This morning it seemed to all come together for me. I am a believer that if you pay your dues, the universe will throw ya a bone once in a while. lol Last night, I observed the tides and paid close attention to the water table. It was perfect for the area I was looking to fish. I wanted one to two feet of water to be in a spot where I knew the sand crabs would be and the fish had to crawl to reach them. It was going to be an early deal but that works perfect for a working-class guy with a family and short opportunity. The magic window was going fall between 5:45am and 7am. I was ready, got the equipment ready and got down to my spot in the early light, there was no-one around, it was perfect. As I walked along the beach I saw tell tale sign of nervous water and v wakes working in low light. I stayed way back on the beach. My third cast came tight and I had my first bean on the sand. The action didn’t stop until around 6:30, when it was over I looked back and realized in a forty five minute window, I had landed 5 faired-caught beans, lost two fish to user error (didn’t strip hard enough as they came straight at me) and released another that was foul-hooked under the belly. The moral of this tale…its better to be lucky than good and always better to be it the right spot so you have the chance to be lucky… #corbinapatrol
The water temps hit the magic mark and the beans are crawling. In the last two days, my buddy Jon Nakano and I landed 8 fish on fly. Four a piece. We each had a few bust off as well. This morning for kicks Jon busted out the spin reel and landed another four within a forty five minute window on live crabs. Pretty sick sight fishing. I have been fishing a slightly different fly pattern than the standard tied surfin merkin I usually fish with confidence. The surfin merkin is wide, they can be trimmed but overall flat in nature. I am making my EP sand crabs a little slender, more of a tear drop shape and taller in profile by stacking the fibers in a hi-tie style and they are getting eaten pretty well, so as they say if it ain’t broke don’t fix it, I am staying with it. I got one fish a week ago on a white, the others all on grey and pink. Grey and pink work equally the same, i have no preference. Size 6 hook. Use a thin wire hook to stick em. My advice for beginners is don’t give up, this is a hard game, one if not the toughest in flyfishing. I have been on it for over twenty years and it still drives me crazy. Spend more time walking and looking for groups of fish, they are your best shot, if you haven’t gotten one on fly yet. Make the cast count, anticipate their next move, think like a corbina, watch the nervous water…and try to continue to breath…lol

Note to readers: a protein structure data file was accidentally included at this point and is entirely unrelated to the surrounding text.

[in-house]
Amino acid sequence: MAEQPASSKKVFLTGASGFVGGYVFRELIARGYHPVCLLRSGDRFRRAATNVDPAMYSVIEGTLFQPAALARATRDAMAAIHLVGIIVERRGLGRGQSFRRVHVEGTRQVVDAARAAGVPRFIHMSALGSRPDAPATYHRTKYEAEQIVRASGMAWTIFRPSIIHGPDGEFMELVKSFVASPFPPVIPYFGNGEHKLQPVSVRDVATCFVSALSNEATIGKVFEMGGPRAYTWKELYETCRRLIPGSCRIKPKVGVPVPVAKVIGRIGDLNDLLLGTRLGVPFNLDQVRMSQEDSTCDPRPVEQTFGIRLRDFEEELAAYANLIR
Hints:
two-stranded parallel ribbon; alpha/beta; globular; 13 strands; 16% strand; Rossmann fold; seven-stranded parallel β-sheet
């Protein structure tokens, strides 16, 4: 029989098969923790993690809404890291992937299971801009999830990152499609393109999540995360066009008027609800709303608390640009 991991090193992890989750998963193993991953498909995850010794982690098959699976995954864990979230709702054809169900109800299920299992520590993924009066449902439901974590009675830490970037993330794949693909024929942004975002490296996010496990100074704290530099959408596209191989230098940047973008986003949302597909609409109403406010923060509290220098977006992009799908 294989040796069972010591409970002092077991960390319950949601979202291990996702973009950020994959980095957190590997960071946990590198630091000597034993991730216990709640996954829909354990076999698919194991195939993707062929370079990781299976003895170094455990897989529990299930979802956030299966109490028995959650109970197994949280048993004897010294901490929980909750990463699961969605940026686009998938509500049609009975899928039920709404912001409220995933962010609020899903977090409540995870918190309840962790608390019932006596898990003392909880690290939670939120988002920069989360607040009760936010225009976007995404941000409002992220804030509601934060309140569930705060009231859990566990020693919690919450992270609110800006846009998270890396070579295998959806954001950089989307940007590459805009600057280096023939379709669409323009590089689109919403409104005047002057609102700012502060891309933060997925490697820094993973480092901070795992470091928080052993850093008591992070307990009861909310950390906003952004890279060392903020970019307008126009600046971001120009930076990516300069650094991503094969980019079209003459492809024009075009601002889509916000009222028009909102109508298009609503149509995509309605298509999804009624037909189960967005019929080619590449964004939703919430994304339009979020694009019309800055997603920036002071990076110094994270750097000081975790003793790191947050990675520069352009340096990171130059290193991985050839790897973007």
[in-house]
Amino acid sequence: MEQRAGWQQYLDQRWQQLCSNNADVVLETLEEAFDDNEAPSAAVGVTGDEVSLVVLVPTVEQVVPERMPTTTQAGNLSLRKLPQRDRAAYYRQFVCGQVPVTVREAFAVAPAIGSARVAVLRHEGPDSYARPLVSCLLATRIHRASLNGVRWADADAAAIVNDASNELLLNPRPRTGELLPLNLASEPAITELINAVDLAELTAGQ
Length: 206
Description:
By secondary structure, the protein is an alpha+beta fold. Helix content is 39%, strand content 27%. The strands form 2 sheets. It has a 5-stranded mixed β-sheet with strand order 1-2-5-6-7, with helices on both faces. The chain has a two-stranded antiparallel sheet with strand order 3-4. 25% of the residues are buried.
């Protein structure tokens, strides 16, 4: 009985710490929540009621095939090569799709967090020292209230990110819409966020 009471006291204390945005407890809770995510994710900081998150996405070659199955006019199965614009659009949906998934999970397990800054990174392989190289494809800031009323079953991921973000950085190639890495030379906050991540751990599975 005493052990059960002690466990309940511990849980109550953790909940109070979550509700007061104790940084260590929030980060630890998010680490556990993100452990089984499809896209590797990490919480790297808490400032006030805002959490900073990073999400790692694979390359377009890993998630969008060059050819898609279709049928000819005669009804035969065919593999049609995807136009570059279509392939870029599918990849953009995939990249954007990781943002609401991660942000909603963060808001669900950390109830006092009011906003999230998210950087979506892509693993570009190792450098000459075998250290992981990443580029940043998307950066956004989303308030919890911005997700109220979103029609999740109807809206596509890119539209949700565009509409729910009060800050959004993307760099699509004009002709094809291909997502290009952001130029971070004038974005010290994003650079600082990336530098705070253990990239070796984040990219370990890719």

This morning me and my buddy Jim fished one of our favorite local spots. There were no other anglers around except for a few football players doing drills in the sand. We had an idea where some fish were going to be, given we have been tracking them the last few weeks. It is all about getting enough water on the flat so they could get up and over onto the secondary sand crab flats. We fanned out, Jim sat in the honey hole, I went north looking for signs of life. On the way back, I see Jim’s rod bent, so I scurry back to take his pic. The flat had filled in. He landed a beautiful bean and had her on the sand. I took a few pics and began to fish. He waved me in and said there was a mystery pod, working very shallow, right at the edge of the waves, to fish right there and not to cast to far. I saw some dimpling on the surface which indicated fish but never saw a back, fin or tail. I changed my fly from grey to pink. Made a soft cast as the wave began to push water over the flat and continued to strip the fly until it hit dry sand. On the second cast just before the fly was a foot from coming out of the water a bean rushed and ate, she shook her head as to say WTF! I saw the whole take, it was sweet. Just as Jim predicted, she ate right on the doorstep. I landed her in short order, we high-fived, Jim took a nice pic and off she went back with her friends…
Moral of the story, it is always refreshing to fish with a buddy that doesn’t have an ego, willing to call ya in when the fish were working right in front of him. He wished my fish on me. I wouldn’t have gotten a fish this morning if Jim didn’t show his experience and sportsmanship. I didn’t have to write this, but I feel it is important because this used to be a normal occurrence. Something changed. I see anglers today, that only care about how many they caught and will throw over your back to catch them. If you hook a fish they run right up to where you are and start casting before you even land your fish. That wasn’t the case this morning. I will take one fish, out of kindness, to forty. It should be fun not competitive. Thanks Jim! Tight lines and have fun out there…